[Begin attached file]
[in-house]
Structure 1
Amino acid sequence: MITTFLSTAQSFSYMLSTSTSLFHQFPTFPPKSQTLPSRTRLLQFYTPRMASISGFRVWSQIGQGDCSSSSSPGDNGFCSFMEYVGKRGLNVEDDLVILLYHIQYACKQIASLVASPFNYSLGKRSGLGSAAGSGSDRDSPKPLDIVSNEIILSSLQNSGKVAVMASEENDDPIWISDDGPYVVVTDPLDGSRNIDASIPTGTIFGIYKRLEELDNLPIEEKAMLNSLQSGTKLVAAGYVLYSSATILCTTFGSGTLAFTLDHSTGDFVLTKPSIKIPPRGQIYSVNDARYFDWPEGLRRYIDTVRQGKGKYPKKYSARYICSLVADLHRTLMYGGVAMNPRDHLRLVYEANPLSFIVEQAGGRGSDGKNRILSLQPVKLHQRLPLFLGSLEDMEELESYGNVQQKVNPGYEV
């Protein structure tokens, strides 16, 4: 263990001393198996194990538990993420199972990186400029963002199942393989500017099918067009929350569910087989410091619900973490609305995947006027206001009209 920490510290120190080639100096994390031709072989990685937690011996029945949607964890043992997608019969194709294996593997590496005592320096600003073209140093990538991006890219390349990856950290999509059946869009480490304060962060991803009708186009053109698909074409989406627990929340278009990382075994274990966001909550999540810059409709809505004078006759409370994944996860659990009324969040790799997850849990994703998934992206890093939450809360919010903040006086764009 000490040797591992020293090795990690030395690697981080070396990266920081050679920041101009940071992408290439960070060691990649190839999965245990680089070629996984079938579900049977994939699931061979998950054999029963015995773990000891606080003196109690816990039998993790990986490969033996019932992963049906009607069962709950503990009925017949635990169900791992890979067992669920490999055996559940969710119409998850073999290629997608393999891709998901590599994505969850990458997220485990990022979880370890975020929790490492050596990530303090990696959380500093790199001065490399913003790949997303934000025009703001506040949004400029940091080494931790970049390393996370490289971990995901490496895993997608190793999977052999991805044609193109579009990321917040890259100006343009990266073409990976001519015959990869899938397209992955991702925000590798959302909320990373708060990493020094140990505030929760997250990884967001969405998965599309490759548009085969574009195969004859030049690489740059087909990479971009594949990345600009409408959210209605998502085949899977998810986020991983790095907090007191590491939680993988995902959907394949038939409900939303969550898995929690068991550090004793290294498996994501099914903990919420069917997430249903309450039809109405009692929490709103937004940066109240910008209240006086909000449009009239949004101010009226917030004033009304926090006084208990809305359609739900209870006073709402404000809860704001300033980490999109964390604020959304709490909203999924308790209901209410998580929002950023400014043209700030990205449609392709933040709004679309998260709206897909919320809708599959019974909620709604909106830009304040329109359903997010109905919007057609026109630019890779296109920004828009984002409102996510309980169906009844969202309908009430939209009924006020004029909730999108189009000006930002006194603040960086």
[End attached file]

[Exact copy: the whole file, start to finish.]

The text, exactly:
[in-house]
Structure 1
Amino acid sequence: MITTFLSTAQSFSYMLSTSTSLFHQFPTFPPKSQTLPSRTRLLQFYTPRMASISGFRVWSQIGQGDCSSSSSPGDNGFCSFMEYVGKRGLNVEDDLVILLYHIQYACKQIASLVASPFNYSLGKRSGLGSAAGSGSDRDSPKPLDIVSNEIILSSLQNSGKVAVMASEENDDPIWISDDGPYVVVTDPLDGSRNIDASIPTGTIFGIYKRLEELDNLPIEEKAMLNSLQSGTKLVAAGYVLYSSATILCTTFGSGTLAFTLDHSTGDFVLTKPSIKIPPRGQIYSVNDARYFDWPEGLRRYIDTVRQGKGKYPKKYSARYICSLVADLHRTLMYGGVAMNPRDHLRLVYEANPLSFIVEQAGGRGSDGKNRILSLQPVKLHQRLPLFLGSLEDMEELESYGNVQQKVNPGYEV
């Protein structure tokens, strides 16, 4: 263990001393198996194990538990993420199972990186400029963002199942393989500017099918067009929350569910087989410091619900973490609305995947006027206001009209 920490510290120190080639100096994390031709072989990685937690011996029945949607964890043992997608019969194709294996593997590496005592320096600003073209140093990538991006890219390349990856950290999509059946869009480490304060962060991803009708186009053109698909074409989406627990929340278009990382075994274990966001909550999540810059409709809505004078006759409370994944996860659990009324969040790799997850849990994703998934992206890093939450809360919010903040006086764009 000490040797591992020293090795990690030395690697981080070396990266920081050679920041101009940071992408290439960070060691990649190839999965245990680089070629996984079938579900049977994939699931061979998950054999029963015995773990000891606080003196109690816990039998993790990986490969033996019932992963049906009607069962709950503990009925017949635990169900791992890979067992669920490999055996559940969710119409998850073999290629997608393999891709998901590599994505969850990458997220485990990022979880370890975020929790490492050596990530303090990696959380500093790199001065490399913003790949997303934000025009703001506040949004400029940091080494931790970049390393996370490289971990995901490496895993997608190793999977052999991805044609193109579009990321917040890259100006343009990266073409990976001519015959990869899938397209992955991702925000590798959302909320990373708060990493020094140990505030929760997250990884967001969405998965599309490759548009085969574009195969004859030049690489740059087909990479971009594949990345600009409408959210209605998502085949899977998810986020991983790095907090007191590491939680993988995902959907394949038939409900939303969550898995929690068991550090004793290294498996994501099914903990919420069917997430249903309450039809109405009692929490709103937004940066109240910008209240006086909000449009009239949004101010009226917030004033009304926090006084208990809305359609739900209870006073709402404000809860704001300033980490999109964390604020959304709490909203999924308790209901209410998580929002950023400014043209700030990205449609392709933040709004679309998260709206897909919320809708599959019974909620709604909106830009304040329109359903997010109905919007057609026109630019890779296109920004828009984002409102996510309980169906009844969202309908009430939209009924006020004029909730999108189009000006930002006194603040960086």